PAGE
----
The fifth area I think we have to really talk about is Peabody's global impact. And I think, as you suggest now, they're trying to have this outrageous scam that somehow they're working on energy poverty, but the truth is they're leading the plunder of massive coal mining operations in Indonesia at the very time that we desperately need the carbon-sinking great tropical forest. They're leading massive mining operations in Mongolia. They're doing massive mining operations in Australia, where even Peabody workers are going on strike due to working conditions. And they're really leading the charge of climate denial that is setting back our nation by a decade. And I think that is, again, why this protest is so important, not just for St. Louis, not just for Southern Illinois, but for the nation and the planet itself.

    NOOR: And, Caroline, I wanted to end with you. You've been there for almost one and a half weeks now. How long do you plan on staying there? I know you recently met with your school's chancellor. Tell us a little bit about what he said. And, finally, I wanted to get you to respond to what Peabody Energy says, that in fact through clean coal, as they call it, they can help end poverty and help stop further environmental catastrophe.

    BURNEY: Yeah. So we are in a sustained sit-in, so we are going to stay in until we feel that our chancellor has heard us and is willing to negotiate.

    That being said, when we met with him on Saturday, we saw that he still fundamentally disagrees with us. And he continues to use these industry terms to talk about coal and talk about the way that coal will be used for years to come. He maintains his commitment that the university should be doing clean coal research, and does not appear to be weakening his ties to Peabody and Greg Boyce, at least when we talked to him on Saturday.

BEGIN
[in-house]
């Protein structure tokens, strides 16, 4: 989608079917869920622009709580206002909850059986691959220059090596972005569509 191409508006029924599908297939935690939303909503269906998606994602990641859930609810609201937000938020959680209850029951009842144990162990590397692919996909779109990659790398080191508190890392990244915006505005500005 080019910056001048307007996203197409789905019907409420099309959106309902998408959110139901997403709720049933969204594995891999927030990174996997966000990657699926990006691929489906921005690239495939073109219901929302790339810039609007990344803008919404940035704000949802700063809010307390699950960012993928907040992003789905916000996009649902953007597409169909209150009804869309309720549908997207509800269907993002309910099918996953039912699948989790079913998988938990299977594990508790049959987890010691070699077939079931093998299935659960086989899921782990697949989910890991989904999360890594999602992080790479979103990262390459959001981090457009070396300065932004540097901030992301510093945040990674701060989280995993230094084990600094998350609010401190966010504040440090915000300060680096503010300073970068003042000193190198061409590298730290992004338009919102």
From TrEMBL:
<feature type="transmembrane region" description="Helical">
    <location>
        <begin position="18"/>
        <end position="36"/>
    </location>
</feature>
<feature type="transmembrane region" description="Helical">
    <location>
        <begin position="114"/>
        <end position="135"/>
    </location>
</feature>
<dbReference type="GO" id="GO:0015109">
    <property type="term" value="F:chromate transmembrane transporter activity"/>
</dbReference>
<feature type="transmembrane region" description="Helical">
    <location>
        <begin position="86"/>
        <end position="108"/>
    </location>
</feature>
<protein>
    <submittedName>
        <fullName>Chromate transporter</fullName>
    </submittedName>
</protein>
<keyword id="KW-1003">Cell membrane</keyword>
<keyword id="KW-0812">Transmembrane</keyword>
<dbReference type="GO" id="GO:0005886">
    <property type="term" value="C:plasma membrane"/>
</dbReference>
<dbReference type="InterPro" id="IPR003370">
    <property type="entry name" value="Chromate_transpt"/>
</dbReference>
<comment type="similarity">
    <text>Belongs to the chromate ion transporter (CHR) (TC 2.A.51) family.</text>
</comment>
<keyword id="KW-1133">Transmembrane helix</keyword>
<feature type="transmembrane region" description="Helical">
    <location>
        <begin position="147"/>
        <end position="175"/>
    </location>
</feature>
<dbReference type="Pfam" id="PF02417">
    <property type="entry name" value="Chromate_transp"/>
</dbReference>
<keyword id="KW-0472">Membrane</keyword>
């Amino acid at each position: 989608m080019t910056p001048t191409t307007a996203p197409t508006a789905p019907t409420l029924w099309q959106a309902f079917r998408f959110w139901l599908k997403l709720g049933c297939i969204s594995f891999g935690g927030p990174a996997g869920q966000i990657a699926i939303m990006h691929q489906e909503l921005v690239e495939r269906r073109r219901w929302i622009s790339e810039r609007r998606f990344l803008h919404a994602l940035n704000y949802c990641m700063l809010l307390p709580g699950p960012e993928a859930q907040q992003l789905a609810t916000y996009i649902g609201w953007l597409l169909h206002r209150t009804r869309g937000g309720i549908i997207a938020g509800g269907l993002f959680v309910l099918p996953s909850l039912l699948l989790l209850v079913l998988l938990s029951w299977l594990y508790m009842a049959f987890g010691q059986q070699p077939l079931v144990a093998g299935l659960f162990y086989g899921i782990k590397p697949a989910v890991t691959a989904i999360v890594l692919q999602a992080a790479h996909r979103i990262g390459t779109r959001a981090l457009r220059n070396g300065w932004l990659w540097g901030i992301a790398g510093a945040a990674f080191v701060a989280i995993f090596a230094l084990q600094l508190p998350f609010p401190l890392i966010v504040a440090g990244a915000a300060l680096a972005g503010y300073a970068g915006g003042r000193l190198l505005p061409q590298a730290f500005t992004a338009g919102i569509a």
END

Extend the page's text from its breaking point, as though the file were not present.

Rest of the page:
But that being said, we've talked to many other administrators since that time and we feel that our voice and our message is getting across on campus and that we need to keep pushing and we need to find new allies in this fight, not only on campus, but on a national level.

    And so we think that this fight here at Wash. U. is really symbolic, because, yeah, we're in the belly of the beast of the coal industry. We have Peabody and Arch headquartered here, and that students here are pushing against this, a school that is represented by CEOs from Peabody and Arch and Monsanto, and that if we're escalating and if we can win, that this is a huge win for divestment campaigns and climate campaigns all across the country.

    NOOR: And, Caroline, you know, Peabody Energy, they just launched this multimillion dollar campaign saying that their technology is clean and it can help end poverty and will help reduce in the environmental impact because it's so clean, especially in poor communities around the world. Last point. Please respond to that.

    BURNEY: Yeah. We've seen Peabody's ad campaigns bottom-lined by the PR firm that has also supported big tobacco in saying that cancer--or that cigarettes don't cause cancer. And so, while I think that their campaign is ridiculous, we're also trying to focus our efforts on sort of just standing in solidarity with these communities, just breaking through these lies that the coal industry is propagating and breaking through this myth that coal can ever be clean and that they're solving energy poverty, when we know in the communities where they mine, in Rocky Branch, where Saline County officials just granted Peabody access to a road yesterday, that coal is never clean and that they're not solving energy poverty or deepening poverty.

    NOOR: Jeff Biggers and Caroline Burney, thank you so much for joining us.

    BURNEY: Thank you.

    BIGGERS: Thanks for your time.

    NOOR: You can follow us @therealnews on Twitter. Tweet me questions and comments @jaisalnoor. Go to TheRealNews.com for all of our coverage against the fightback against environmental devastation.

    Thank you so much for joining us.

    End

    DISCLAIMER: Please note that transcripts for The Real News Network are typed from a recording of the program. TRNN cannot guarantee their complete accuracy.